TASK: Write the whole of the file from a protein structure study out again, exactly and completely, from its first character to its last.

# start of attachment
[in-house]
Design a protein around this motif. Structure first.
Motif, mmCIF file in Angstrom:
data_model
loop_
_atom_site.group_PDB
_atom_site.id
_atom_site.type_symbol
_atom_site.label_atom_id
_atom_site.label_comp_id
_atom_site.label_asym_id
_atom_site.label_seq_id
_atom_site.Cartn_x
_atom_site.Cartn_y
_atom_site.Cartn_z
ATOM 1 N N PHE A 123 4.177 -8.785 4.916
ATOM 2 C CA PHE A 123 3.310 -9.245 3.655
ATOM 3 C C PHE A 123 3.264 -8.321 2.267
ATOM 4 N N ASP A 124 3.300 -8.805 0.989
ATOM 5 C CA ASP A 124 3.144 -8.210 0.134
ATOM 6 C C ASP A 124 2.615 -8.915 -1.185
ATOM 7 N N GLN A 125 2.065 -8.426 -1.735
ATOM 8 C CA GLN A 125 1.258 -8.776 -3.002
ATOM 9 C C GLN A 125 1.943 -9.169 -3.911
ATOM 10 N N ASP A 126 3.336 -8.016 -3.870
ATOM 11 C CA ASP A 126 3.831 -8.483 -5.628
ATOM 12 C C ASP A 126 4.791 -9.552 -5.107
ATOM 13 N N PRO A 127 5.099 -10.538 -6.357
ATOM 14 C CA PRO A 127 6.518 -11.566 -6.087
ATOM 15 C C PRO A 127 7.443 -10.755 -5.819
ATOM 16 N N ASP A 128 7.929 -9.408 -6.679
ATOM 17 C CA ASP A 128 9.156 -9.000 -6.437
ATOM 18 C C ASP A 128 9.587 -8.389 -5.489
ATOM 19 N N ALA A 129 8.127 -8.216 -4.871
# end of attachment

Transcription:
[in-house]
Design a protein around this motif. Structure first.
Motif, mmCIF file in Angstrom:
data_model
loop_
_atom_site.group_PDB
_atom_site.id
_atom_site.type_symbol
_atom_site.label_atom_id
_atom_site.label_comp_id
_atom_site.label_asym_id
_atom_site.label_seq_id
_atom_site.Cartn_x
_atom_site.Cartn_y
_atom_site.Cartn_z
ATOM 1 N N PHE A 123 4.177 -8.785 4.916
ATOM 2 C CA PHE A 123 3.310 -9.245 3.655
ATOM 3 C C PHE A 123 3.264 -8.321 2.267
ATOM 4 N N ASP A 124 3.300 -8.805 0.989
ATOM 5 C CA ASP A 124 3.144 -8.210 0.134
ATOM 6 C C ASP A 124 2.615 -8.915 -1.185
ATOM 7 N N GLN A 125 2.065 -8.426 -1.735
ATOM 8 C CA GLN A 125 1.258 -8.776 -3.002
ATOM 9 C C GLN A 125 1.943 -9.169 -3.911
ATOM 10 N N ASP A 126 3.336 -8.016 -3.870
ATOM 11 C CA ASP A 126 3.831 -8.483 -5.628
ATOM 12 C C ASP A 126 4.791 -9.552 -5.107
ATOM 13 N N PRO A 127 5.099 -10.538 -6.357
ATOM 14 C CA PRO A 127 6.518 -11.566 -6.087
ATOM 15 C C PRO A 127 7.443 -10.755 -5.819
ATOM 16 N N ASP A 128 7.929 -9.408 -6.679
ATOM 17 C CA ASP A 128 9.156 -9.000 -6.437
ATOM 18 C C ASP A 128 9.587 -8.389 -5.489
ATOM 19 N N ALA A 129 8.127 -8.216 -4.871